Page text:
From the Washington Post:
Lance Armstrong will pay $5 million to the federal government to settle a fraud lawsuit that contended he owed $100 million to taxpayers for doping while competing for a cycling team sponsored by the U.S. Postal Service….
The government alleged that Armstrong’s doping and violation of the rules of his sport nullified his value to the Postal Service brand. Armstrong countered that he had delivered tens of millions dollars more in promotional benefits during his historic championship run than what the Postal Service had paid out.
In all the USPS paid Armstrong’s team over $32 million to wear its Express Delivery logo between 2000 and 2004. I understand that the post office has to compete against FedEx and UPS, but is there anyone who saw clips of Armstrong wearing that logo in the Tour de France or any other cycling event and was convinced to use that delivery service the next time they sent a package?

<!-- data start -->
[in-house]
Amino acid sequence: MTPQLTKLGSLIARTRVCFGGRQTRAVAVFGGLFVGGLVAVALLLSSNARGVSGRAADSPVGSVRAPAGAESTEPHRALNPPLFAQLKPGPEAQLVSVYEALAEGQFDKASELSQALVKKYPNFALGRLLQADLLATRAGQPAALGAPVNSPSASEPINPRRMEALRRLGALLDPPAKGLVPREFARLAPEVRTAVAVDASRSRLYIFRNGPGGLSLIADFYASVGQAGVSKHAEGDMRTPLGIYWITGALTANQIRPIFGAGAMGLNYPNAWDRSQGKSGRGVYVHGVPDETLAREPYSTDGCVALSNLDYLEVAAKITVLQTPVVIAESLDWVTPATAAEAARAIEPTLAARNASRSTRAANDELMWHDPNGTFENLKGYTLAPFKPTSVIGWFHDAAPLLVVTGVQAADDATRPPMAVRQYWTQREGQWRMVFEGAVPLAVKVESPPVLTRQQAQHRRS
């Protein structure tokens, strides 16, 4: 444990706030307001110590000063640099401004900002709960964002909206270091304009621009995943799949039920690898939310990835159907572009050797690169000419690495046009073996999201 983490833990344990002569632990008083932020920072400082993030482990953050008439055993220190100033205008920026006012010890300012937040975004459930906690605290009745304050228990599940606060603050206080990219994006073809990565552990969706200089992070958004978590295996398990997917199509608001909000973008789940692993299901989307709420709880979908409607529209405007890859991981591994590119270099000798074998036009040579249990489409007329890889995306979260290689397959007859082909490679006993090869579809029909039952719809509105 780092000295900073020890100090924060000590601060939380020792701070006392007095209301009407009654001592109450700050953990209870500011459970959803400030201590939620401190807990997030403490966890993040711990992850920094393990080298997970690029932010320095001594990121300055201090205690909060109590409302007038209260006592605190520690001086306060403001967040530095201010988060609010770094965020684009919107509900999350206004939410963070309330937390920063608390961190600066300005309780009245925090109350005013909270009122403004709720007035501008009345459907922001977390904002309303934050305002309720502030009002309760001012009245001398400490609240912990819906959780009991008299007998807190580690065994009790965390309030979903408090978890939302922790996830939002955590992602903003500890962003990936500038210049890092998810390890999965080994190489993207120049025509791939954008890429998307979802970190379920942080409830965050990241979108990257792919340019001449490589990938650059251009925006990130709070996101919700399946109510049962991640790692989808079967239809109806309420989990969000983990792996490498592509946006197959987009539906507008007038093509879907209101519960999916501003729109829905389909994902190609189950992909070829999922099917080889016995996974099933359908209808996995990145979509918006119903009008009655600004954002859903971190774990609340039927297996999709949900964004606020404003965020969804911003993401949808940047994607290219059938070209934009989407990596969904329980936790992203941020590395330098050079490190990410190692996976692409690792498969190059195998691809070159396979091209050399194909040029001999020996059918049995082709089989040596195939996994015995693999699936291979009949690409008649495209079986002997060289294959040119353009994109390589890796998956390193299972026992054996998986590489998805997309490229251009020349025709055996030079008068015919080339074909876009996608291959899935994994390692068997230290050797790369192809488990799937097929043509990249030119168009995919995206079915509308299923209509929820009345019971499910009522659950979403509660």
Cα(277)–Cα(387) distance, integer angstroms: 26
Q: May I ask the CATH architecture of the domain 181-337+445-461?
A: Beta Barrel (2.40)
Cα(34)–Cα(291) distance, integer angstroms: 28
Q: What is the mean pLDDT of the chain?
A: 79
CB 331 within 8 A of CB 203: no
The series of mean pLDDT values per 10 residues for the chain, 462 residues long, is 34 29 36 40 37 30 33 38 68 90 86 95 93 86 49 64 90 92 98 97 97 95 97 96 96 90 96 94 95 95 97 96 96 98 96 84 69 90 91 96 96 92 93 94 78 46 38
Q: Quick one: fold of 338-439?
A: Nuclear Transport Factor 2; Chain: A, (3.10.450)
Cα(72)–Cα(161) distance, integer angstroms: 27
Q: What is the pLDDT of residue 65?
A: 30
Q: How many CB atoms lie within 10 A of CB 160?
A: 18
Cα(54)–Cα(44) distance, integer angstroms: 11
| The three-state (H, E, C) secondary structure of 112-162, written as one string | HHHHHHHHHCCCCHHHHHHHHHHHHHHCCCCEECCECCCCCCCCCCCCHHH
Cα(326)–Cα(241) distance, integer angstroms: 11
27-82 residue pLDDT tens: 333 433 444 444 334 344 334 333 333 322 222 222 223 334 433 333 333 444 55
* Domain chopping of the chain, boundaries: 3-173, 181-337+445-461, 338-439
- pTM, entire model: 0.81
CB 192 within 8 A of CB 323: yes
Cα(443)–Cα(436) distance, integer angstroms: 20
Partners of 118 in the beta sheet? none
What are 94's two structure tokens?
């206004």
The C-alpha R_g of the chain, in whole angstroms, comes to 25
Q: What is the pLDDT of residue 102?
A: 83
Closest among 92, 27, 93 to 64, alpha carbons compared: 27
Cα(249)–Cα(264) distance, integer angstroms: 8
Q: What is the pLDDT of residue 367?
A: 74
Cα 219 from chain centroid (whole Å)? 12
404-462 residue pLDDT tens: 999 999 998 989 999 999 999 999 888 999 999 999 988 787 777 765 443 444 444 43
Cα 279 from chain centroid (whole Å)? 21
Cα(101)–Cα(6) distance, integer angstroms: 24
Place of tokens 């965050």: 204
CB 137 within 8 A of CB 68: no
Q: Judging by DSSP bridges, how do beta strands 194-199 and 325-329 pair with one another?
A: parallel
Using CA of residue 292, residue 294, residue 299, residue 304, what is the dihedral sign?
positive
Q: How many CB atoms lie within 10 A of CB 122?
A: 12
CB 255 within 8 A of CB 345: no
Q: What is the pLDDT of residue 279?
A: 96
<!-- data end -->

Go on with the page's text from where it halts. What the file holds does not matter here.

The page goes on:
I wonder the same thing about all those advertiser logos on NASCAR vehicles. The ones on the hood and the rear bumper get some airtime because of the camera angles, but does anyone decide to alter their purchases because of them — let alone the smaller ones tucked next to the wheel wells? The same goes for ads placed on the boards around an NHL rink, or in the dugout of an MLB game.
Is a company’s name and graphic enough to change minds? I suppose there must be research that says those sponsorships are effective, in that they return more dollars than are spent, but I don’t understand why. And I certainly don’t recall the USPS announcing that it had its best years ever because so many more people used Express Delivery during the time its logo was on Armstrong’s performance-enhanced chest.